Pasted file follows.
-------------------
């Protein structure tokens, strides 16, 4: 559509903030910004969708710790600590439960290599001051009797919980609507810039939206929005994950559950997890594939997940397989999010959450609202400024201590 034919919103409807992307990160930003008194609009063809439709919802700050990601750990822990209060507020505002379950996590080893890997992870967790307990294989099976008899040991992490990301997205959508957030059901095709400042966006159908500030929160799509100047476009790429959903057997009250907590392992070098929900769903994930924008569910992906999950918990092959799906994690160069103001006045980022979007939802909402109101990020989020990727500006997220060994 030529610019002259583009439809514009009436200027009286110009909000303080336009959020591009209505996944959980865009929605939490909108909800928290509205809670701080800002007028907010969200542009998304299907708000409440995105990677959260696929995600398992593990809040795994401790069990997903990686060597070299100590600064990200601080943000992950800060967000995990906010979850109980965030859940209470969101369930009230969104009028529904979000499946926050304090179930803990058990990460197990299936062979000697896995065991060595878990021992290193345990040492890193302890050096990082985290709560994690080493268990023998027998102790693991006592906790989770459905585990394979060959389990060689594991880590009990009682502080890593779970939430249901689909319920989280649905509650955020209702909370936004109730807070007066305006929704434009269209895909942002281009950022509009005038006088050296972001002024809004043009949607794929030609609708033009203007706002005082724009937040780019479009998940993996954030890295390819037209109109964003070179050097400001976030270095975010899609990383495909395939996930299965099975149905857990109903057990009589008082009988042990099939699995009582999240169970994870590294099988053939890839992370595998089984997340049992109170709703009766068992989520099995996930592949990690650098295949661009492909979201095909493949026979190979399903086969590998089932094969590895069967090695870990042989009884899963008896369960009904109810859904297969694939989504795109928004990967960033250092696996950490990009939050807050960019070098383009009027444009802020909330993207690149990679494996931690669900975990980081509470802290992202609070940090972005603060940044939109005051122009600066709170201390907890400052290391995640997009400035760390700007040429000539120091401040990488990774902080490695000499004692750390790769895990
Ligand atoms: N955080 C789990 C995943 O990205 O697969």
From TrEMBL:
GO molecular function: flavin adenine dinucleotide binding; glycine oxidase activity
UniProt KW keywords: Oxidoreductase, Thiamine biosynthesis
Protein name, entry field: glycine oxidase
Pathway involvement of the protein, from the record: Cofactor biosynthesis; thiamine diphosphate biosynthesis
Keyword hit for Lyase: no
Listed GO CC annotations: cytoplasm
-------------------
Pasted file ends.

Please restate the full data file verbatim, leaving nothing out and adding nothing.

């Protein structure tokens, strides 16, 4: 559509903030910004969708710790600590439960290599001051009797919980609507810039939206929005994950559950997890594939997940397989999010959450609202400024201590 034919919103409807992307990160930003008194609009063809439709919802700050990601750990822990209060507020505002379950996590080893890997992870967790307990294989099976008899040991992490990301997205959508957030059901095709400042966006159908500030929160799509100047476009790429959903057997009250907590392992070098929900769903994930924008569910992906999950918990092959799906994690160069103001006045980022979007939802909402109101990020989020990727500006997220060994 030529610019002259583009439809514009009436200027009286110009909000303080336009959020591009209505996944959980865009929605939490909108909800928290509205809670701080800002007028907010969200542009998304299907708000409440995105990677959260696929995600398992593990809040795994401790069990997903990686060597070299100590600064990200601080943000992950800060967000995990906010979850109980965030859940209470969101369930009230969104009028529904979000499946926050304090179930803990058990990460197990299936062979000697896995065991060595878990021992290193345990040492890193302890050096990082985290709560994690080493268990023998027998102790693991006592906790989770459905585990394979060959389990060689594991880590009990009682502080890593779970939430249901689909319920989280649905509650955020209702909370936004109730807070007066305006929704434009269209895909942002281009950022509009005038006088050296972001002024809004043009949607794929030609609708033009203007706002005082724009937040780019479009998940993996954030890295390819037209109109964003070179050097400001976030270095975010899609990383495909395939996930299965099975149905857990109903057990009589008082009988042990099939699995009582999240169970994870590294099988053939890839992370595998089984997340049992109170709703009766068992989520099995996930592949990690650098295949661009492909979201095909493949026979190979399903086969590998089932094969590895069967090695870990042989009884899963008896369960009904109810859904297969694939989504795109928004990967960033250092696996950490990009939050807050960019070098383009009027444009802020909330993207690149990679494996931690669900975990980081509470802290992202609070940090972005603060940044939109005051122009600066709170201390907890400052290391995640997009400035760390700007040429000539120091401040990488990774902080490695000499004692750390790769895990
Ligand atoms: N955080 C789990 C995943 O990205 O697969």
From TrEMBL:
GO molecular function: flavin adenine dinucleotide binding; glycine oxidase activity
UniProt KW keywords: Oxidoreductase, Thiamine biosynthesis
Protein name, entry field: glycine oxidase
Pathway involvement of the protein, from the record: Cofactor biosynthesis; thiamine diphosphate biosynthesis
Keyword hit for Lyase: no
Listed GO CC annotations: cytoplasm